The Brazilian Journey of Carlos Nuzman
In the latter half of the 20th century, he, “an Olympic perfectionist”, was chairman of the Brazilian Volleyball Confederation, one of the most powerful sports organizations in Latin American. In the late 70s and early 80s, the national team (female & male) had never won a world championship title (or Olympic tournament). On October 15, 1982, the USSR (present-day Russia) destroyed Brazil 3-0 in the finals at the FIVB Men’s World Tournament in Buenos Aires, Argentina. The result was catastrophic: 15-3, 15-4, and 15-5. Despite those setbacks, he maintained his focus on his goal: world titles.
Over the next years, Nuzman, as Brazil’s top volleyball leader, backep up a host of national teams, clubs, coaches, and players. Contrary to most Olympic leaders, he did not accept that a Brazilian volleyball player can play in Europe and Asia. But Nuzman’s reward for his perseverance came in 1987. Without a doubt, he made the world headlines when the Brazilian women’s volleyball team won the 1987 FIVB Junior World Cup in Seoul, whose victory put an end to Korea’s attempt to become the first squad to win three world championships. All his life, he dreamed about winning it. For more than ten years, Nuzman, a former volleyball player, worked daily for several hours at a stretch. From then onwards, there were a host of international awards, including an Olympic gold medal (1992). During his leadership, Brazil also hosted dozens of international championships.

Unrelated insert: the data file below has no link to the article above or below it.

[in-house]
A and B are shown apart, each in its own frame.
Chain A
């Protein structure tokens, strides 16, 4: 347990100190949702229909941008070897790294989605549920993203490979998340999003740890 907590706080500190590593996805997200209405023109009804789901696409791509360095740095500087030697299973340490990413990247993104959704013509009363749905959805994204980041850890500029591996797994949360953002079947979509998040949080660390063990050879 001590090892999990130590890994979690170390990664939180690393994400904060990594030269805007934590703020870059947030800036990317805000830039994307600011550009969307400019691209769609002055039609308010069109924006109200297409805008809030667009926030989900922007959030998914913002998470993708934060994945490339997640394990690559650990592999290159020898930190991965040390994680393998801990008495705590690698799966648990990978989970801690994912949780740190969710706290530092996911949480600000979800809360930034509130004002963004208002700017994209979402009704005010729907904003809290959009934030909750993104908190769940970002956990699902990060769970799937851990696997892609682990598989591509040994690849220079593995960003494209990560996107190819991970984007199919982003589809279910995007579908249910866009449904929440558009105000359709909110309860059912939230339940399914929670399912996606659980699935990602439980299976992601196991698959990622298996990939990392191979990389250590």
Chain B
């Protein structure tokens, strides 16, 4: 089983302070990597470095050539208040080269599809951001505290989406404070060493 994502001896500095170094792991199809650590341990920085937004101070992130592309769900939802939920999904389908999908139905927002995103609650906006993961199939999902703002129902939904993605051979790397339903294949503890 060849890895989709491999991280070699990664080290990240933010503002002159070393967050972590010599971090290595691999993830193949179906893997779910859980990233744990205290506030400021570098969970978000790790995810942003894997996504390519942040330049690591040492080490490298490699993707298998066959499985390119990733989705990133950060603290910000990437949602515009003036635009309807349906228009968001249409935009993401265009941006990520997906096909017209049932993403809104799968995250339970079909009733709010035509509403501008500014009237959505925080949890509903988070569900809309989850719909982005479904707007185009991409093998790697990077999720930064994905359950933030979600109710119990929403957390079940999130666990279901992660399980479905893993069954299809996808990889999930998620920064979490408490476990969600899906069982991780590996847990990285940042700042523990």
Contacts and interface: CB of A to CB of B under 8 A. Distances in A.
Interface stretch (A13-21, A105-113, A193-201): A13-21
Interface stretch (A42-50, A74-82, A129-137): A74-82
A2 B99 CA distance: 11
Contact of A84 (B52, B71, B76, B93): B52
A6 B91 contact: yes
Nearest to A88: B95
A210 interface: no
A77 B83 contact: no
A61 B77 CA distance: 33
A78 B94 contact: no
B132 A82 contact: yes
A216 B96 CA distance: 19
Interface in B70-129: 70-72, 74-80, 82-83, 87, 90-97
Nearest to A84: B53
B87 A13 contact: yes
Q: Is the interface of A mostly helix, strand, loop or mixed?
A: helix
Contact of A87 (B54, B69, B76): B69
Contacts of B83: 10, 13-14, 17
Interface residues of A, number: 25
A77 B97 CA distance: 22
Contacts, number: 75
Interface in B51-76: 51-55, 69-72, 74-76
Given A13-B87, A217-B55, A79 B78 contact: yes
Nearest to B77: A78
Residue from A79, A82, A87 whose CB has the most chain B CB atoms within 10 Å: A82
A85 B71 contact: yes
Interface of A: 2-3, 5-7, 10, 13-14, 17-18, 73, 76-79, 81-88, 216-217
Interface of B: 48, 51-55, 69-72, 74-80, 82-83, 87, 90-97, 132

Brazil is home to a number of well-known individuals: Edson Arantes do Nascimento (the so-called “Pele”/ soccer), Oscar Niemeyer (architect), Gisele Bundchen (a top supermodel), and Carlos Jobim (composer of “The Girl of Ipanema”), but Carlos Nuzman is perhaps the most popular Brazilian in this century because he has put the sports on top of the national agenda in Brazil, an Olympic-obsessed Latin American nation.
Alejandro Guevara Onofre : He is a freelance writer. Alejandro is of Italian, African and Peruvian ancestry. He has published more than seventy-five research paper in English, and more than twenty in Spanish, concerning the world issues, Olympic sports, countries, and tourism. His next essay is called “The Dictator and Alicia Alonso”. He is an expert on foreign affairs. Alejandro is the first author who has published a world-book encyclopedia in Latin America.
He admires Frida Kahlo (Mexican painter), Jose Gamarra (former president of the Bolivian Olympic Committee ,1970- 1982), Hillary Clinton (ex-First Lady of the USA), and Jimmy Carter (former President of the USA). Alejandro said: “The person who I admire the most is Jose Gamarra. He devoted his professional and personal life to sport. Jose played an important role in the promotion of Olympism in Bolivia -it is one of the Third World’s poorest countries- and Latin America. His biography is interesting”. The sportspeople he most admire is Olympic volleyball player Flo Hyman. “This African-American sportswoman is my idol… “